Jun 10, 2010
This technical report describes the methods and sensitivity analyses used by the authors in an article published in the New England Journal of Medicine. Purchasers are experimenting with a variety of approaches to control health care costs, including limiting network contracts to lower-cost physicians and offering patients differential copayments to encourage them to visit “high-performance” (i.e., higher-quality, lower-cost) physicians. These approaches require a method for analyzing physicians' costs and a classification system for determining which physicians have lower relative costs. There has been little analysis of the reliability of such methods. Reliability is determined by three factors: the number of observations, the variation between physicians in their use of resources, and random variation in the scores. A study of claims data from four Massachusetts health plans demonstrates that, according to the current methods of physician cost profiling, the majority of physicians did not have cost profiles that met common reliability thresholds and, importantly, reliability varied significantly by specialty. Low reliability results in a substantial chance that a given physician will be misclassified as lower-cost when he or she is not, or vice versa. Such findings raise concerns about the use of cost profiling tools and the utility of their results.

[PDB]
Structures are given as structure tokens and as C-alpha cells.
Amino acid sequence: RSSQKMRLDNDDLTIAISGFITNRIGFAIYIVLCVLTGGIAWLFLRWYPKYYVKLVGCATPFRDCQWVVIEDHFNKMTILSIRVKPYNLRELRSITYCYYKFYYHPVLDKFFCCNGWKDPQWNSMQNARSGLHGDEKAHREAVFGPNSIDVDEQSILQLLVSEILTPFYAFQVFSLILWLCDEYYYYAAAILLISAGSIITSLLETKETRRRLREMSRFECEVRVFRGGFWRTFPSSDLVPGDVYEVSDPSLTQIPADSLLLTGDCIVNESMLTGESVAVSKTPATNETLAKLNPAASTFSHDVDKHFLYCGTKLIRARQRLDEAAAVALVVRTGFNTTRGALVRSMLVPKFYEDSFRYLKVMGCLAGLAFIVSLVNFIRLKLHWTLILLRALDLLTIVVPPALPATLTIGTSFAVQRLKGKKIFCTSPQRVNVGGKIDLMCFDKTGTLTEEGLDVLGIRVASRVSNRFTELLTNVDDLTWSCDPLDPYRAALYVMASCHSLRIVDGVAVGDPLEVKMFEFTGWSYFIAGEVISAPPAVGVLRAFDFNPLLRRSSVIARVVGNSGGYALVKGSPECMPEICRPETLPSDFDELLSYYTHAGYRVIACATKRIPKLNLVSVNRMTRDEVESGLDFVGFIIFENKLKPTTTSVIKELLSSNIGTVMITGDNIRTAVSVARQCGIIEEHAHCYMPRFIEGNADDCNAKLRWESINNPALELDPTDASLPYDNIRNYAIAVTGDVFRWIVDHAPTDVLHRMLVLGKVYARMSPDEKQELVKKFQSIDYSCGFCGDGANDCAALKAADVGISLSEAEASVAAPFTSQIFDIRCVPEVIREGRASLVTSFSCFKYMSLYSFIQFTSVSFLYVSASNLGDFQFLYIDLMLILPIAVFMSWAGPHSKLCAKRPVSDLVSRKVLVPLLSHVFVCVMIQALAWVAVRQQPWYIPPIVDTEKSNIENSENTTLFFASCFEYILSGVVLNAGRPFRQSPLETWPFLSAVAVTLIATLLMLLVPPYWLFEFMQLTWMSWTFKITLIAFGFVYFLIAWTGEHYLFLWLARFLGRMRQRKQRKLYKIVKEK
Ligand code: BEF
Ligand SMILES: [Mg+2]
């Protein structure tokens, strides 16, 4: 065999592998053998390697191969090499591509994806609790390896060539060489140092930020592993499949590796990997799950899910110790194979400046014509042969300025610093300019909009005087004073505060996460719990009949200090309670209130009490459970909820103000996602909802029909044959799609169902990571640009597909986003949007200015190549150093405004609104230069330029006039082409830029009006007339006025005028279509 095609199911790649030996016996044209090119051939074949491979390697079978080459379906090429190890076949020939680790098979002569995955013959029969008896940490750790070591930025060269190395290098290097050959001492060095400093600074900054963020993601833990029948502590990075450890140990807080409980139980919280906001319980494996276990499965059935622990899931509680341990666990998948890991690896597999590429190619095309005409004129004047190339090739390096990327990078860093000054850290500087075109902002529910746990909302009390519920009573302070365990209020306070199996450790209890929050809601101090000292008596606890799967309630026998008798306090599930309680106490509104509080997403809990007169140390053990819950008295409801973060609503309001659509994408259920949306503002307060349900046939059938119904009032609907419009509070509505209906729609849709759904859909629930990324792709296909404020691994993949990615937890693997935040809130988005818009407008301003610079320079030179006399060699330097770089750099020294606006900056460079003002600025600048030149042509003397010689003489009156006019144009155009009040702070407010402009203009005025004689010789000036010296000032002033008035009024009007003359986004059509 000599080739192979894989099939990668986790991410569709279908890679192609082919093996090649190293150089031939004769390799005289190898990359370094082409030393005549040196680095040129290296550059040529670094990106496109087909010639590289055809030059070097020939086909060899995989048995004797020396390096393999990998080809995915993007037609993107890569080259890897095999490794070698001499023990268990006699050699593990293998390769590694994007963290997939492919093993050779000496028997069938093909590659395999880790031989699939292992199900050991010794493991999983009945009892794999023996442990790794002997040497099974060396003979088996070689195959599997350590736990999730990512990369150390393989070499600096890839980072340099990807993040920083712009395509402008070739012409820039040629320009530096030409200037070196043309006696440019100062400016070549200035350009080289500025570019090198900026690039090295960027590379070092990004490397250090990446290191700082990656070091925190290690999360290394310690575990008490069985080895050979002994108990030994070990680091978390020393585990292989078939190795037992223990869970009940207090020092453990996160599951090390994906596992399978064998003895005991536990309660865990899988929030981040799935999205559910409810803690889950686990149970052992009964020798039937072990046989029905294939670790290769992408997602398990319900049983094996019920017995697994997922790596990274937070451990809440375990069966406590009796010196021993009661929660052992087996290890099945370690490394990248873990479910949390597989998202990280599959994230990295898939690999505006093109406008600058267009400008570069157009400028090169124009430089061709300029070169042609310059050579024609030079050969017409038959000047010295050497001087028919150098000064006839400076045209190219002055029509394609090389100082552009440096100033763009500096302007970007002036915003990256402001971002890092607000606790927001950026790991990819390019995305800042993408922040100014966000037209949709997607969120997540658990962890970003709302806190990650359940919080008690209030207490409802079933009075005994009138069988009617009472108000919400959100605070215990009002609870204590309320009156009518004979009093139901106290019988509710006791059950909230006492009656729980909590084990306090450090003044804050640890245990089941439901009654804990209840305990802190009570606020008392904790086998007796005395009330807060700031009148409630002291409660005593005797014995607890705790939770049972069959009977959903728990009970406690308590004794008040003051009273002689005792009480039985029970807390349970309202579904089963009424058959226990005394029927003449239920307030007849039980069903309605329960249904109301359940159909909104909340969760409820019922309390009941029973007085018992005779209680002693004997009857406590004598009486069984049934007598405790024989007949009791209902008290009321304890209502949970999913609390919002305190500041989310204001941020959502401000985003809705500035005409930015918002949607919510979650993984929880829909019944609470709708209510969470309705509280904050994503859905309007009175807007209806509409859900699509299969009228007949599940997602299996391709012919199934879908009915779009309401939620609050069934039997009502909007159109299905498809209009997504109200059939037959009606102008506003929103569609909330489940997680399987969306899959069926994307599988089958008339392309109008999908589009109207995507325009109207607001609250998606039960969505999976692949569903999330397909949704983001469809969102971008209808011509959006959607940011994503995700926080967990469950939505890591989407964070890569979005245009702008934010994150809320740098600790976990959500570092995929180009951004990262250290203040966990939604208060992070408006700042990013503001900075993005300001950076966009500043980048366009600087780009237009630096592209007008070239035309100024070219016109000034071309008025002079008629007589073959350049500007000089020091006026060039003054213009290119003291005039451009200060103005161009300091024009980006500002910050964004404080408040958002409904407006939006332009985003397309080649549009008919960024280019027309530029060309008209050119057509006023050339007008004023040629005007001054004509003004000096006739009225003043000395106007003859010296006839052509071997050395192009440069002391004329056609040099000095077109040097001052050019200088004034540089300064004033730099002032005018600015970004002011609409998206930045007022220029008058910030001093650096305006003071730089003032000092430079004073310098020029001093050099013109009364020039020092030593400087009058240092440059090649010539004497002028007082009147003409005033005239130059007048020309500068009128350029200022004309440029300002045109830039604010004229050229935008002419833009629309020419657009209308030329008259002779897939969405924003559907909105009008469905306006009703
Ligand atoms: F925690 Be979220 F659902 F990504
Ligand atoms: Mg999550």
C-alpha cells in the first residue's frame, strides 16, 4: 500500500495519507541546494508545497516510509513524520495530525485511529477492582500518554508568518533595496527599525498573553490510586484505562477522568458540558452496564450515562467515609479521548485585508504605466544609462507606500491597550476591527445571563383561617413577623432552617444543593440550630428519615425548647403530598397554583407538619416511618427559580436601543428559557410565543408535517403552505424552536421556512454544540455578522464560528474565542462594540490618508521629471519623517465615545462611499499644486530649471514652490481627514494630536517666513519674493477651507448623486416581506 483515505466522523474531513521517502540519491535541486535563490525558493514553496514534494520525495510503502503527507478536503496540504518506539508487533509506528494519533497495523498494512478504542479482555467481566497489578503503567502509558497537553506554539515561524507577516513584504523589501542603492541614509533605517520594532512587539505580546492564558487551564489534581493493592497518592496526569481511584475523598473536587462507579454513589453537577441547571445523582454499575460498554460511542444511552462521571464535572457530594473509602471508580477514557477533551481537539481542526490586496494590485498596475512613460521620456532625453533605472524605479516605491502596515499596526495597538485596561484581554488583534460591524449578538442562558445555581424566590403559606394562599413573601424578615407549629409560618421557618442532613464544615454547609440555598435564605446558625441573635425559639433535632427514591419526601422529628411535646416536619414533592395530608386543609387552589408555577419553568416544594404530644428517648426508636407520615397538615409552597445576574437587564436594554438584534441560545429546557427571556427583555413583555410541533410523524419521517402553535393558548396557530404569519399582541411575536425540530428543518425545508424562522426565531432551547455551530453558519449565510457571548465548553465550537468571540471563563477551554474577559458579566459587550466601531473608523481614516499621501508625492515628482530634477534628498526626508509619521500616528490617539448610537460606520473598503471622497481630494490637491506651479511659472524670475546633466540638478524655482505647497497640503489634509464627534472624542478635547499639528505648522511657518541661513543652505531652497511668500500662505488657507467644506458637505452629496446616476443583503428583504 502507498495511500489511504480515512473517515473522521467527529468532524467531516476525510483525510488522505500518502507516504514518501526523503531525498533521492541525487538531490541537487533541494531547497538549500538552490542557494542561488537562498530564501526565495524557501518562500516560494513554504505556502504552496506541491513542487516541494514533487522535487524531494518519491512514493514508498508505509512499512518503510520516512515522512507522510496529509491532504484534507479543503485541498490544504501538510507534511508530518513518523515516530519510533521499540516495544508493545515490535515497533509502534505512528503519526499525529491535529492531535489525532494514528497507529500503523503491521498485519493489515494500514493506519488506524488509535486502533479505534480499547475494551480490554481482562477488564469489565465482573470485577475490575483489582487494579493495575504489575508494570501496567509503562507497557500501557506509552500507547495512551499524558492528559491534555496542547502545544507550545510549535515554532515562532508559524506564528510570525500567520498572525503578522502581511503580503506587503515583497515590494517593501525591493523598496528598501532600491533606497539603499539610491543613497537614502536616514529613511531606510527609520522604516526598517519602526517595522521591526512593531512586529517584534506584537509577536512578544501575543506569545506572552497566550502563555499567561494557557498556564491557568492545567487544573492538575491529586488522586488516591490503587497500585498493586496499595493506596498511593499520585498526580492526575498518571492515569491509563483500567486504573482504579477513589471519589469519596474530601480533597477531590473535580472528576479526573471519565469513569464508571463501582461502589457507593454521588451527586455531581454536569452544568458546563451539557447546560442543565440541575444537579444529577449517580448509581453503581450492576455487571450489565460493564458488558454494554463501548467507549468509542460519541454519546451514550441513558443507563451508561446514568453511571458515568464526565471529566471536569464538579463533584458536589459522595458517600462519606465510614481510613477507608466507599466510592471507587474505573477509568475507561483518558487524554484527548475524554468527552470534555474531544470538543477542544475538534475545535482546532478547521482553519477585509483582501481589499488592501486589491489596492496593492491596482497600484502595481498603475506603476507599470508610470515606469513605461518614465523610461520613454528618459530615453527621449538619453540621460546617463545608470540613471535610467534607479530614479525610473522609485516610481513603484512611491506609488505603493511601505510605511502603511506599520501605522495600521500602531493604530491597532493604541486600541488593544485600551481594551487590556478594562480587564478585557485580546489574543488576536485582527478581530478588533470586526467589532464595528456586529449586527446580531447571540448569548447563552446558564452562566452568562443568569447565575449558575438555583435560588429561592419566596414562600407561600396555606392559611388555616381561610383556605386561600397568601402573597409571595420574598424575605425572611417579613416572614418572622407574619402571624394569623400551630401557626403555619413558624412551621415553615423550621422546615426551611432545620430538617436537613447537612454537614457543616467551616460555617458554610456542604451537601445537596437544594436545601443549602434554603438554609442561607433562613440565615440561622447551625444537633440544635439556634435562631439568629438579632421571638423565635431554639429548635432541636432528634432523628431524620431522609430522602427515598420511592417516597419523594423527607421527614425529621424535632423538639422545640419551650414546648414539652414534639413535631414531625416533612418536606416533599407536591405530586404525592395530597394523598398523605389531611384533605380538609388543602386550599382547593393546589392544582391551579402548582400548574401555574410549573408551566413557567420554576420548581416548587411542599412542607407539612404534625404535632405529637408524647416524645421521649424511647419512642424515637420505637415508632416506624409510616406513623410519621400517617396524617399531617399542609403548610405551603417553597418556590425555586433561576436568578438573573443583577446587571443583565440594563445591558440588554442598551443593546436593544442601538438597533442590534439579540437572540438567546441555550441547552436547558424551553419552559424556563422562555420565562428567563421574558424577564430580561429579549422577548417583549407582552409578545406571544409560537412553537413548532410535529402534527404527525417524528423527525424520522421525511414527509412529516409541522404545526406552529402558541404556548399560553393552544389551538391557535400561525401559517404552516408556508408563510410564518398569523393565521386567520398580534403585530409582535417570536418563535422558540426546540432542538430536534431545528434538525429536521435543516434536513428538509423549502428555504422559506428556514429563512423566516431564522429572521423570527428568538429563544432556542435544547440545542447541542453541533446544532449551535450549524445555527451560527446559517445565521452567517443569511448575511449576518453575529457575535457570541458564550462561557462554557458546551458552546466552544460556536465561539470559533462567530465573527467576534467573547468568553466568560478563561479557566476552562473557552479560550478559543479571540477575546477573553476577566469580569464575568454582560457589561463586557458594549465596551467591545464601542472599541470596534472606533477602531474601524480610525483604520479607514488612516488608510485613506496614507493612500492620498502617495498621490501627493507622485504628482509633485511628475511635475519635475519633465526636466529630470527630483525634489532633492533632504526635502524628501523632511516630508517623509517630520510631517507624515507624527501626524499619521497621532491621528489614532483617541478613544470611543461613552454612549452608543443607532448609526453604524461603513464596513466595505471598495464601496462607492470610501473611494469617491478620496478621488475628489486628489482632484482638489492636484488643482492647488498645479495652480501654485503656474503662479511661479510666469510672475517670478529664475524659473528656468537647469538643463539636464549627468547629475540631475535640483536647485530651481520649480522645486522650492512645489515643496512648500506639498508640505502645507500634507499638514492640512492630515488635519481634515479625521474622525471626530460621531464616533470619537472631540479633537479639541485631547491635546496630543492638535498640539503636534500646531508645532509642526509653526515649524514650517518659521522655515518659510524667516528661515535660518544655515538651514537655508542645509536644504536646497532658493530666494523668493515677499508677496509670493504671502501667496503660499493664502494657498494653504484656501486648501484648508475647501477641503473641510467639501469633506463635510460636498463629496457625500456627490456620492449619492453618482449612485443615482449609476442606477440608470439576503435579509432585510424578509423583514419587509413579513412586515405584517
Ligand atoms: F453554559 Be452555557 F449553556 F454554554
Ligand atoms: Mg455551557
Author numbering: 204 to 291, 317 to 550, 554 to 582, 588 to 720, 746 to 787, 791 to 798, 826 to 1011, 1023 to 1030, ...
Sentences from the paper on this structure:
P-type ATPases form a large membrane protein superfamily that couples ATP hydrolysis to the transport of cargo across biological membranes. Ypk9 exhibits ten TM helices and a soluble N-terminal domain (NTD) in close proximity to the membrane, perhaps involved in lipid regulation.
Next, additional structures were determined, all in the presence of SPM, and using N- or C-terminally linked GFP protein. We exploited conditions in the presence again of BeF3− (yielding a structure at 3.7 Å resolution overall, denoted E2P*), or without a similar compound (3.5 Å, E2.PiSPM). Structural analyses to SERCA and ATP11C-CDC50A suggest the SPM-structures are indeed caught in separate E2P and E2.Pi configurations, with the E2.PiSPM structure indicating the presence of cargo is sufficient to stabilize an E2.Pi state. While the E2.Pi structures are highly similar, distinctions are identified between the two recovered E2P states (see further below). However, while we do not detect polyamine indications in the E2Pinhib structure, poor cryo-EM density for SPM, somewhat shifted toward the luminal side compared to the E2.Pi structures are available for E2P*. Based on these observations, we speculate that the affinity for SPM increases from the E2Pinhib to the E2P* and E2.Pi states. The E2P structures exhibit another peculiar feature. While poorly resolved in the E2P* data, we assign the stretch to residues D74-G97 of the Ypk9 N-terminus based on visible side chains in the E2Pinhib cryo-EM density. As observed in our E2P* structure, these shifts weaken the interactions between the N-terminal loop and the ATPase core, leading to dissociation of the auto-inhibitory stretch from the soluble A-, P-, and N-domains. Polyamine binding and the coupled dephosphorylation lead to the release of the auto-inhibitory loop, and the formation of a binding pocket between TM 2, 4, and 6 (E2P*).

Data Sources and Criteria for Inclusion of Patients and Physicians
Constructing Cost Profiles
Calculating the Reliability of Cost Profiles
The Relationship Between Reliability and Misclassification